HS2M READERS’ LETTERS
Christian Wolmar’s latest offering on HS2 is frankly bizarre ( RAIL 823), not so much for what it says as for what it doesn’t say.
Far from just being an attempt to keep up with other countries, the reason for building HS2 is to add capacity to the national rail network, as is evident from years of analysis going back to Network Rail’s New Lines Study of 2008.
What Wolmar thinks of the proposed form of the new capacity is immaterial. That any serious commentator can write a two-page article without mentioning the issue is beyond belief.
Equally weird is his idea that there has been no well-funded or organised challenge to HS2.
Stop HS2 was always the ego trip of one individual, but whatever I think of them, I can’t see how Wolmar has overlooked HS2AA and 51M - the latter, in particular, spent large amounts of council taxpayers’ money on achieving very little.
And the reason these groups failed was (guess what) capacity - their so-called “optimised alternative” neglected anything other than seats on long-distance trains, failing to address paths for freight and London commuters on the West Coast Main Line as well as service frequency on poorly-served interurban links such as Coventry-Milton Keynes. These users will, of course, benefit from released capacity on the WCML after HS2 takes the fast through trains, something else that Wolmar overlooks.
It’s not as if a wide variety of routes (and indeed conventional rail schemes) wasn’t considered during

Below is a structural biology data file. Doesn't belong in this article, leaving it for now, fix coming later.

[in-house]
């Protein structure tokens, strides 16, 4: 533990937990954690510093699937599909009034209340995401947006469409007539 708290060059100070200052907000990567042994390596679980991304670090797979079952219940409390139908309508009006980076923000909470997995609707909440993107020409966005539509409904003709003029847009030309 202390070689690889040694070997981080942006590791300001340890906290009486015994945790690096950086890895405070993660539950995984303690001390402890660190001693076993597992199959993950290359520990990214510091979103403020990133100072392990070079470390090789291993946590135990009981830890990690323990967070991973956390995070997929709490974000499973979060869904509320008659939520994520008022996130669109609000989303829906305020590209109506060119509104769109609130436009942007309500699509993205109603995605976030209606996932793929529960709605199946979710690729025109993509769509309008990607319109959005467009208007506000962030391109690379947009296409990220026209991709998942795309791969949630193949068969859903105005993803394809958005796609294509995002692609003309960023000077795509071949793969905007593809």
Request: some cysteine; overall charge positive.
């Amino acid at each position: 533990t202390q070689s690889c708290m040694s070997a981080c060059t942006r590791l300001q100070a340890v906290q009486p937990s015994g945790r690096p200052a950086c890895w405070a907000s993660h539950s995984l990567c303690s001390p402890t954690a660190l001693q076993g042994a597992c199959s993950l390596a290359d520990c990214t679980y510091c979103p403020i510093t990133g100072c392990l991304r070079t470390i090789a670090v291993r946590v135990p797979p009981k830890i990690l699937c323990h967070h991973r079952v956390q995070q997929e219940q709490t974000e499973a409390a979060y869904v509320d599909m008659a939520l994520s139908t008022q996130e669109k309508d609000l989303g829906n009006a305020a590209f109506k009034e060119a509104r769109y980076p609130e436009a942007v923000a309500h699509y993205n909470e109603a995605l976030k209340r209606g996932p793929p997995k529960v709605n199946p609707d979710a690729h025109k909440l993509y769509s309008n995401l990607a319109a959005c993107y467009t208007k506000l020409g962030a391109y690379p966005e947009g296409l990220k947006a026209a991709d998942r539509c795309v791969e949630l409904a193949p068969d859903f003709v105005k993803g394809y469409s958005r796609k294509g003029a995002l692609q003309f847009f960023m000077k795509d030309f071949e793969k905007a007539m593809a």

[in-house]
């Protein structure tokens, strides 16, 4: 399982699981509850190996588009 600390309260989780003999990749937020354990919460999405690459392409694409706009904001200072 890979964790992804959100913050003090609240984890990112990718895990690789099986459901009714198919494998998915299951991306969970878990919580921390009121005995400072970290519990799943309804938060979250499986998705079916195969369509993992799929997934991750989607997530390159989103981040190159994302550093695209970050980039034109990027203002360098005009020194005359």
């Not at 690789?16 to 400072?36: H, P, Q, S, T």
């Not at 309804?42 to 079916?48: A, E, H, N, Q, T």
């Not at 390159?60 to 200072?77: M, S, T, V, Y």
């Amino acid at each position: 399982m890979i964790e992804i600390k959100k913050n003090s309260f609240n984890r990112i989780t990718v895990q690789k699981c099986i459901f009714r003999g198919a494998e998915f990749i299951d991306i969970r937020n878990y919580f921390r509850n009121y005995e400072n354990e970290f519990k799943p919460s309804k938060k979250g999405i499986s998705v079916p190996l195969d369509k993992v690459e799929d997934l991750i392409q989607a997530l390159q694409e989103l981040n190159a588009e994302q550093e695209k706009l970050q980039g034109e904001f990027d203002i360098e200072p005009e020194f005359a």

development of what became HS2.
Wolmar swallows the HSUK scheme uncritically, but its core route follows the “Reverse E” configuration that was rejected at an early stage for HS2 because its journey times to the major centres of Birmingham and Manchester would have been inferior to the chosen route.
Other aspects of HSUK that Wolmar might consider are its lack of detail on how it will access Birmingham New Street and persuade that station to take more trains and passengers; its fleet size (really not difficult to estimate given any sort of timetable); and its benefits, which are simply claimed as HS2’s plus 50%.
Wolmar’s only nod to capacity is to snipe at the misconception that high speed increases capacity, but I have known many good people fall into that trap!
He is right that increasing speed tends to increase headway. But with ETCS Level 2 (not, please note, “moving block”) the required line headways at full speed can be shown to be achievable, while capacity of the HS2 network will be set by termini and low-speed tunnel sections so that even if the top speed were reduced, no more trains could be run.
Meanwhile, capacity benefits arise not just from adding paths on a new route, but also by using them efficiently - first by dedicating the new paths to trains of the same speed, then by designing in the capability for trains 400 metres long.
Or did Wolmar really cover these issues? Perhaps I blinked... William Barter, Towcester
In discussing the Digital Railway ( RAIL 819), the suggestion is made that with ETCS level 3 capacity on rail would be increased by 40%, but that currently that development is not sufficiently advanced to be of use. Speed has been replaced by capacity as the reason for the need to proceed with HS2.
Bearing in mind the disruption and destruction HS2 will bring, would it not make sense to accelerate ETCS level 3 and at least avoid the costs of HS2 beyond Birmingham?
The Digital solution would also benefit the West Country, East Anglia and Scotland, where HS2 will have little effect. Dennis Sumpter, Swanwick